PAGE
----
Demand for Bugcrowd crowdsourced penetration testing for compliance accelerates during pandemic


Demand from major European businesses for continuous security testing has boomed since the start of the Covid-19 pandemic, Bugcrowd said today. Amid lockdowns across the continent, the world’s top crowdsourced cybersecurity company recorded nearly 100 percent growth in EMEA sales during the second fiscal quarter of the year with similar growth in interest and enquiries from major companies.

Since March, companies across Europe have been working to maintain some semblance of ‘business as usual’, despite the added complexity of entire workforces working remotely. But, says Bugcrowd, the real drivers behind the dramatic increase this year in demand for crowdsourced security are the powerful combination of stringent rules around compliance with a rapidly growing realization that traditional approaches to penetration testing are inadequate or simply don’t work in an increasingly agile development world. Together, these factors make harnessing the power of the crowd all-but-mandatory for many organizations.

Bugcrowd attributes its rapid growth to the company’s unique remote-first model, which facilitates critical security services during shelter-in-place orders that hamper traditional pen testing firms. This model, accelerated by Bugcrowd’s platform technology, also helps expedite launch and delivery timelines to meet the growing demands of increasingly agile businesses. Using an extensive database on the skills, experience, and performance of thousands of globally available pen testers, Bugcrowd can deploy the right team in under 72 hours, with results viewable in-platform immediately.

Bugcrowd’s explanation for the growth in demand is confirmed by new customer Revolut, the UK-based fintech now valued at $5.5bn:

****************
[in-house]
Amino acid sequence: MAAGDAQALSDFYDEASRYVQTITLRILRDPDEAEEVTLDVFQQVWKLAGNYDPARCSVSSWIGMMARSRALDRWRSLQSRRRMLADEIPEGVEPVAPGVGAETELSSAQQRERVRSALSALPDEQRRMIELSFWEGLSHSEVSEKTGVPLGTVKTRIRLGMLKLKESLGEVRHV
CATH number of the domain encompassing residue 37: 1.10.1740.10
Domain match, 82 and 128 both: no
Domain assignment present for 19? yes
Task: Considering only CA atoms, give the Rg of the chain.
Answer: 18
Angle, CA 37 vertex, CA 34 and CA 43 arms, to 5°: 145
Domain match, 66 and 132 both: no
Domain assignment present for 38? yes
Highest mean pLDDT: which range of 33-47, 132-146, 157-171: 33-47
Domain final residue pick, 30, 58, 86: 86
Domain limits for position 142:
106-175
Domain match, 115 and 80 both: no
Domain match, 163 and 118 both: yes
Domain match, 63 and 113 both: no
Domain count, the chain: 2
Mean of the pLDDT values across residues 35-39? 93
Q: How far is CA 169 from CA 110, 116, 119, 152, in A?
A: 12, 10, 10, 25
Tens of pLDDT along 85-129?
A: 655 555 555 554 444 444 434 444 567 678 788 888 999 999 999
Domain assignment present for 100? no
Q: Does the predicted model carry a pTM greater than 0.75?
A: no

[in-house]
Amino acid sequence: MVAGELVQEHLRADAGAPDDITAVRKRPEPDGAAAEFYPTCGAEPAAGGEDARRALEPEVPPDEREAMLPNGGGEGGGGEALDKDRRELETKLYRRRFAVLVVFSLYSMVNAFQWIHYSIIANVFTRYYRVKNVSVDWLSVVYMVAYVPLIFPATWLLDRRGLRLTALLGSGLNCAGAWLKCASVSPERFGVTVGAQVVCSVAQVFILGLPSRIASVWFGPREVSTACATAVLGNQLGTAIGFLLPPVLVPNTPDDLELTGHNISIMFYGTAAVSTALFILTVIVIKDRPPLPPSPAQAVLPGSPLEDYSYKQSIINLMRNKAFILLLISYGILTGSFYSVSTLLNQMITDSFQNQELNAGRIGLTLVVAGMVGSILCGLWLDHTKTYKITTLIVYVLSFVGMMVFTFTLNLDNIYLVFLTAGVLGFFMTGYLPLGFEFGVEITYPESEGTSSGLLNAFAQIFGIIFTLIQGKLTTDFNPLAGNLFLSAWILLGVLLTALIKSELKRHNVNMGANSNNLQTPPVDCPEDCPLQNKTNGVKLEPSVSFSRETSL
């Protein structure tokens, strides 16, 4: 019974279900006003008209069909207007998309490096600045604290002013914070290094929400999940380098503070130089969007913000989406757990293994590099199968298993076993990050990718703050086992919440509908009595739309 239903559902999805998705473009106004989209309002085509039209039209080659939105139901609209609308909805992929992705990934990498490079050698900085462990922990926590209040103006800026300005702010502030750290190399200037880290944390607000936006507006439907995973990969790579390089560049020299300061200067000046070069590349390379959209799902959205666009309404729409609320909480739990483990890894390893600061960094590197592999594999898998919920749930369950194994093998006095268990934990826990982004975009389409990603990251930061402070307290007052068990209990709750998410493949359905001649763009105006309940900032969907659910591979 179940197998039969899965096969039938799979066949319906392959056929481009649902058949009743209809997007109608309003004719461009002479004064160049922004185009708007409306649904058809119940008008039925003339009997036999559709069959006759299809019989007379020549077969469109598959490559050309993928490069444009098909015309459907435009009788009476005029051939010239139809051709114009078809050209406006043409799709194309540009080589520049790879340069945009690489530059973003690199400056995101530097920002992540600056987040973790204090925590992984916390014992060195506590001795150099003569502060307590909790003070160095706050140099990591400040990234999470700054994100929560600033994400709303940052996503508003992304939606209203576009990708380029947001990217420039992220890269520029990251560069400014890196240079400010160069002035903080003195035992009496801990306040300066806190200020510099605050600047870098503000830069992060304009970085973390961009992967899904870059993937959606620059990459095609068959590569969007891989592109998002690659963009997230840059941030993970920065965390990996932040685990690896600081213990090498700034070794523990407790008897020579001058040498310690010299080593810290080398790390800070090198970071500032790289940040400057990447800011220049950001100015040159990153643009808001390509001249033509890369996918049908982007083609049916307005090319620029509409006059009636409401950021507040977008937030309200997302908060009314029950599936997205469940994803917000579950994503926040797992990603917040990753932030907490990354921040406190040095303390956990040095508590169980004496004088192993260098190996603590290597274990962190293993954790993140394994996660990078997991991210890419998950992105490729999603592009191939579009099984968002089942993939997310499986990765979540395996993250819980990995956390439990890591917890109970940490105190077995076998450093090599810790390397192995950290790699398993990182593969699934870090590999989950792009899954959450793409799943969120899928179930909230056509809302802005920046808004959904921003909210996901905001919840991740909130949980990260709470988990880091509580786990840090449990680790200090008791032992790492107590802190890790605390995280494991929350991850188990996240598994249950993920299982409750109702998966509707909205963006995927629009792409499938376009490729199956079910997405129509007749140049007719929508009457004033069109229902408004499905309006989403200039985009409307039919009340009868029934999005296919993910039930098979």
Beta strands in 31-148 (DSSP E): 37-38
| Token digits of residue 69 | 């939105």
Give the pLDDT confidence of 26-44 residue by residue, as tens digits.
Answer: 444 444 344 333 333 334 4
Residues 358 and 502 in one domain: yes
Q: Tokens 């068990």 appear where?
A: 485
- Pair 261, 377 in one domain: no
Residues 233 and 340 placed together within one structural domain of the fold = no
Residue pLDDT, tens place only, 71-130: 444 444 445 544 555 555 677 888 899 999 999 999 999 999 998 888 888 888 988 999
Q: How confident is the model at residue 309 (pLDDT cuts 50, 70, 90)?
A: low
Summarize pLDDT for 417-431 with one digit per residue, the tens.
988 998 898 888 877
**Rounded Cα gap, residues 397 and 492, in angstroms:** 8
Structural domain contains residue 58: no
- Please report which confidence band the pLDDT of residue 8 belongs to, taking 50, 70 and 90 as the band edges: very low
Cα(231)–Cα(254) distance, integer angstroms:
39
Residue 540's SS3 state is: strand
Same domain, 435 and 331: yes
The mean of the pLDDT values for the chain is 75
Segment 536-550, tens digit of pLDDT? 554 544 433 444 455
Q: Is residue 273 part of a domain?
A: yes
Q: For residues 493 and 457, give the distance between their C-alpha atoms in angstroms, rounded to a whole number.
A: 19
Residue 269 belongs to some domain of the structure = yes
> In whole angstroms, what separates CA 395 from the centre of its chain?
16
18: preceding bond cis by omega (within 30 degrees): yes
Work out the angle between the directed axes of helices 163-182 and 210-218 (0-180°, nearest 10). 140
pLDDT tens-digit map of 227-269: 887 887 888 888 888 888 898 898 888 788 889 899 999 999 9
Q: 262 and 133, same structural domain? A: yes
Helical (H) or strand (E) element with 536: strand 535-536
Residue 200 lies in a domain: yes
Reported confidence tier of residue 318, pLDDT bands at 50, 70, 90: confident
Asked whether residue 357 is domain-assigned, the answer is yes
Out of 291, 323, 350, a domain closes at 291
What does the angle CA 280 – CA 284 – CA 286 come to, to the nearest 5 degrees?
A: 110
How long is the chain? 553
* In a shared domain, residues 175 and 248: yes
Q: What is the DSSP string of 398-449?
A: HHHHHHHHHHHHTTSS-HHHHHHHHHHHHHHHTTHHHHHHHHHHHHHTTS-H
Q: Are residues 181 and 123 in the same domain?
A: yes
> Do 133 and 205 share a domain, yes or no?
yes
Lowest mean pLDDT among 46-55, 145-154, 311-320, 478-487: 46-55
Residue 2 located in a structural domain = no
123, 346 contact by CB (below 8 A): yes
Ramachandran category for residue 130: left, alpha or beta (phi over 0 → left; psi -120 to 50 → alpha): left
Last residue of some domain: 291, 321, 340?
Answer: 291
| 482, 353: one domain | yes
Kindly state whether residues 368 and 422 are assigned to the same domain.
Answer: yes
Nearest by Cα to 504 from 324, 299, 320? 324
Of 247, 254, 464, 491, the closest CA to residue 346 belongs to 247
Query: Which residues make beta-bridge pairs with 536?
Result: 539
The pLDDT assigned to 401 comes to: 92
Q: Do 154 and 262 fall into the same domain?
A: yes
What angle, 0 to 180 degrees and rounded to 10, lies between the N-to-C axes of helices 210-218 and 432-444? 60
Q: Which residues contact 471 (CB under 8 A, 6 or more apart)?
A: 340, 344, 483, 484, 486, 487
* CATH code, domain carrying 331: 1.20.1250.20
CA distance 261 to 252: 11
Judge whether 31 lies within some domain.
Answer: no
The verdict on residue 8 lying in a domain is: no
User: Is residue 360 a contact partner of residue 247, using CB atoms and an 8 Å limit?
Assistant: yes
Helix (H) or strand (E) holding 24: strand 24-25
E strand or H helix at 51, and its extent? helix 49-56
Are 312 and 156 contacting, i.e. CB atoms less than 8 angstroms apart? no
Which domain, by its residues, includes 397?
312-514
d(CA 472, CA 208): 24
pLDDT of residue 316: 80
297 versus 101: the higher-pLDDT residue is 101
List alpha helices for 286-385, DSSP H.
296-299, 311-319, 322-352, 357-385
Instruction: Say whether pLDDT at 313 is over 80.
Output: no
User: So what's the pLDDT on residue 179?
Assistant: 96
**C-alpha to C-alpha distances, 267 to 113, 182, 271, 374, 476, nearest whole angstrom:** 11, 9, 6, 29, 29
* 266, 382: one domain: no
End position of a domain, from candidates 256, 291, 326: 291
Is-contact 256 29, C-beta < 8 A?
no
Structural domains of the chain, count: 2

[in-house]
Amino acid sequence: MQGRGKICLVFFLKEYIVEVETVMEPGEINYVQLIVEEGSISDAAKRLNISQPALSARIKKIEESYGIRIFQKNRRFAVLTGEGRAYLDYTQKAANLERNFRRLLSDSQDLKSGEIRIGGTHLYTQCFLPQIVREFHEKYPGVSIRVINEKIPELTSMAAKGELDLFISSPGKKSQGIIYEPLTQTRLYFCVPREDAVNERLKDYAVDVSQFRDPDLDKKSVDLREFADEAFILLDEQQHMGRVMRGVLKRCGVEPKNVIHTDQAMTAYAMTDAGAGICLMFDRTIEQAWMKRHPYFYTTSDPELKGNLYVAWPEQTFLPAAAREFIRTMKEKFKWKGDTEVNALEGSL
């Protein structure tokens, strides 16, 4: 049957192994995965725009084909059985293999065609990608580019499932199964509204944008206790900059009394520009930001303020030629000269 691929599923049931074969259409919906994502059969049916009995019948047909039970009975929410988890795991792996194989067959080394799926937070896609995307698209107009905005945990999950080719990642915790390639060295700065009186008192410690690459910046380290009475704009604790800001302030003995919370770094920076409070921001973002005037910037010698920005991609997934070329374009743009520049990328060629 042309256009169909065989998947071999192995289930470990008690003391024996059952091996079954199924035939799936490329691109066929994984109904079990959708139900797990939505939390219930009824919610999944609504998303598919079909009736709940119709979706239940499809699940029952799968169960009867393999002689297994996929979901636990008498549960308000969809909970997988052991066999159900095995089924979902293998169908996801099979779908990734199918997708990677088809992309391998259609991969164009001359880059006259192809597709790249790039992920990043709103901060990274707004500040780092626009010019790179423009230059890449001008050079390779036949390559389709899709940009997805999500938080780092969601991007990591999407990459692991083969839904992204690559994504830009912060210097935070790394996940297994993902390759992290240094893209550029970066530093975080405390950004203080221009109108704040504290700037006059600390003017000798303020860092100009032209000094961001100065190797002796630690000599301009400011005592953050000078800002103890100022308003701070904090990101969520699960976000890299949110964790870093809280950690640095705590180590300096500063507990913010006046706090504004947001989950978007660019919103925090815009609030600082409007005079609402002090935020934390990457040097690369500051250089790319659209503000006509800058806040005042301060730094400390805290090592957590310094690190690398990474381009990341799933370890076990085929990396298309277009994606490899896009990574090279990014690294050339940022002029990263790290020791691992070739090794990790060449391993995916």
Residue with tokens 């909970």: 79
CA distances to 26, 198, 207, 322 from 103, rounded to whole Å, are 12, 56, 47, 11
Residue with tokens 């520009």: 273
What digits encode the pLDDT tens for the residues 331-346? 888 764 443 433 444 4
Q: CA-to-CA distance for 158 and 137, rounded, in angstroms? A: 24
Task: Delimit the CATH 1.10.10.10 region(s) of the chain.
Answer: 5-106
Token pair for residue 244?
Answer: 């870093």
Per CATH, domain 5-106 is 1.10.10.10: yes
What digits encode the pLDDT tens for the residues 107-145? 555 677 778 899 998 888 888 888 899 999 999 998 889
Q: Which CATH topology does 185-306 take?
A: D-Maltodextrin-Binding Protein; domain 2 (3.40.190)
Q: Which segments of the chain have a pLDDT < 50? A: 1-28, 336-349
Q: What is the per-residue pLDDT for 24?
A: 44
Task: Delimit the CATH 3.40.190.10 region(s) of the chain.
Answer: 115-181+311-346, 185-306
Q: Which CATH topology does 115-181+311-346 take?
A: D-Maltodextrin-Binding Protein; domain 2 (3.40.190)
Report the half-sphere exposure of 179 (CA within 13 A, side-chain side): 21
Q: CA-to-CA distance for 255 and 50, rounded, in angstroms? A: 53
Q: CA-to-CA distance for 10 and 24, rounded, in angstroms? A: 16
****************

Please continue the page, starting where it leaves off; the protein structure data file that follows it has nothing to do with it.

Revolut relies on Bugcrowd to deliver both crowdsourced penetration testing to meet compliance objectives and a managed bug bounty program to test its regularly-updated mobile apps. Philip Edwards, Global Head of Security at Revolut, said: “By design and intent, Revolut is an agile, digital business which depends absolutely on the quality of our digital services – services which are highly regulated, subject to scrutiny and must comply with numerous rules and regulations. We could not pen-test adequately using traditional means even if we wanted to. Instead, adopting a crowdsourced approach to security and bugs with Bugcrowd exemplifies our agile, be-the-best approach: we can dynamically tailor programs according to our needs, and on an ongoing basis we enjoy the continuously self-updated skills of many of the world’s finest security researchers.”

Ashish Gupta – CEO and President of Bugcrowd – explained: “It’s clear that we’ve reached a tipping point. Organizations know that the combination of ‘agile’ and ‘compliance’ result in complexity that mandates a new approach to testing. But those same organizations have found that it’s neither possible nor ideal to recruit their own team of testers; the skillsets are scarce and therefore expensive, while in-house staff can become overly focused on what they know rather than what they don’t know. So, they are turning to Bugcrowd’s global network of on-demand, highly specialized cybersecurity experts.”

“The upshot of crowdsourced security powered by Bugcrowd’s intelligent platform is better testing and better outcomes at better value,” added Gupta. “Plus, there are opportunities for our remarkable community of security researchers to earn rewards and continuously develop and hone their skills across an array of apps, environments and organizations. That feeds back into even better testing and outcomes for our customers… everybody wins.”

Bugcrowd recently released its 2020 “Inside the Mind of a Hacker” report, which incorporates data from 1,549 programs and 7.7 million platform interactions to provide a striking, in-depth view of emerging trends among Bug Bounty, Penetration Testing, Attack Surface Management, and Vulnerability Disclosure Programs. The report analyzes 3,493 survey responses from working hackers, plus hacking activity on the Bugcrowd platform between May 1, 2019, and April 30, 2020, to highlight insights from its vast on-demand cybersecurity workforce.